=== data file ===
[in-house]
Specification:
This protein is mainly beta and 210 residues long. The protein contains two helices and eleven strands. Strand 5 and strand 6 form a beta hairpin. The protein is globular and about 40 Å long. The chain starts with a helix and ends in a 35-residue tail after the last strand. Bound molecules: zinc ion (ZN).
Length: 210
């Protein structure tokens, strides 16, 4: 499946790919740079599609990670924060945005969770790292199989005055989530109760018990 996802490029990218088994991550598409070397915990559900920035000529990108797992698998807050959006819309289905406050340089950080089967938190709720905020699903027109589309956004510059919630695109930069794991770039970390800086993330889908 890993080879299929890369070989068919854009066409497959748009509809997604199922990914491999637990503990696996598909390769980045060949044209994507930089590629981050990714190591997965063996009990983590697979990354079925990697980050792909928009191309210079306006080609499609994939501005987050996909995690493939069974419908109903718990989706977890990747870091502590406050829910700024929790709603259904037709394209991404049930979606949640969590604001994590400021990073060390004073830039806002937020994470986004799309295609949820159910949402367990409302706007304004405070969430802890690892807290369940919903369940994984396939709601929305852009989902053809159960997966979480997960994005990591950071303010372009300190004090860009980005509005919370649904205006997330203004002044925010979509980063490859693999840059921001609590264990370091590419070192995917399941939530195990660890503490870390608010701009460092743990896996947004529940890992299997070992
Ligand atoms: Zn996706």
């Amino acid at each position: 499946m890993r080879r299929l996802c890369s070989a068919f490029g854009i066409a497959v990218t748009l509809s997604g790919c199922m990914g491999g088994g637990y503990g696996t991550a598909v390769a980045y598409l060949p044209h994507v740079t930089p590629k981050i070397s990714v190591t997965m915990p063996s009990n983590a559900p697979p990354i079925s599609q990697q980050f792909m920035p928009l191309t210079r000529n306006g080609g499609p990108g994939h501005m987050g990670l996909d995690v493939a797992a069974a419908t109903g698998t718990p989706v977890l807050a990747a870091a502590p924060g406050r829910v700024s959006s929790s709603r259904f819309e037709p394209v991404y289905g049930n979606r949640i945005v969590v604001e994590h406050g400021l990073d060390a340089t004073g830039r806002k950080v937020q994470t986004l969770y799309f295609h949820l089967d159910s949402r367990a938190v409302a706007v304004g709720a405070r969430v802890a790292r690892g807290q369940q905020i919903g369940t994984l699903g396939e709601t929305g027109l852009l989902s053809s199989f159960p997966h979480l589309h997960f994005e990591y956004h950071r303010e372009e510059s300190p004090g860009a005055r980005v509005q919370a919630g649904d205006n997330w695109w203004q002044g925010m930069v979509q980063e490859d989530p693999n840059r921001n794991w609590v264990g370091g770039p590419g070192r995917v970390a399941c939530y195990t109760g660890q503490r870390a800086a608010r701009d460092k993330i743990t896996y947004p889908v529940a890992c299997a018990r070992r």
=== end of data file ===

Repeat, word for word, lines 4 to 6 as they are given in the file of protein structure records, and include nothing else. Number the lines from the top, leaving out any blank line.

Length: 210
């Protein structure tokens, strides 16, 4: 499946790919740079599609990670924060945005969770790292199989005055989530109760018990 996802490029990218088994991550598409070397915990559900920035000529990108797992698998807050959006819309289905406050340089950080089967938190709720905020699903027109589309956004510059919630695109930069794991770039970390800086993330889908 890993080879299929890369070989068919854009066409497959748009509809997604199922990914491999637990503990696996598909390769980045060949044209994507930089590629981050990714190591997965063996009990983590697979990354079925990697980050792909928009191309210079306006080609499609994939501005987050996909995690493939069974419908109903718990989706977890990747870091502590406050829910700024929790709603259904037709394209991404049930979606949640969590604001994590400021990073060390004073830039806002937020994470986004799309295609949820159910949402367990409302706007304004405070969430802890690892807290369940919903369940994984396939709601929305852009989902053809159960997966979480997960994005990591950071303010372009300190004090860009980005509005919370649904205006997330203004002044925010979509980063490859693999840059921001609590264990370091590419070192995917399941939530195990660890503490870390608010701009460092743990896996947004529940890992299997070992
Ligand atoms: Zn996706």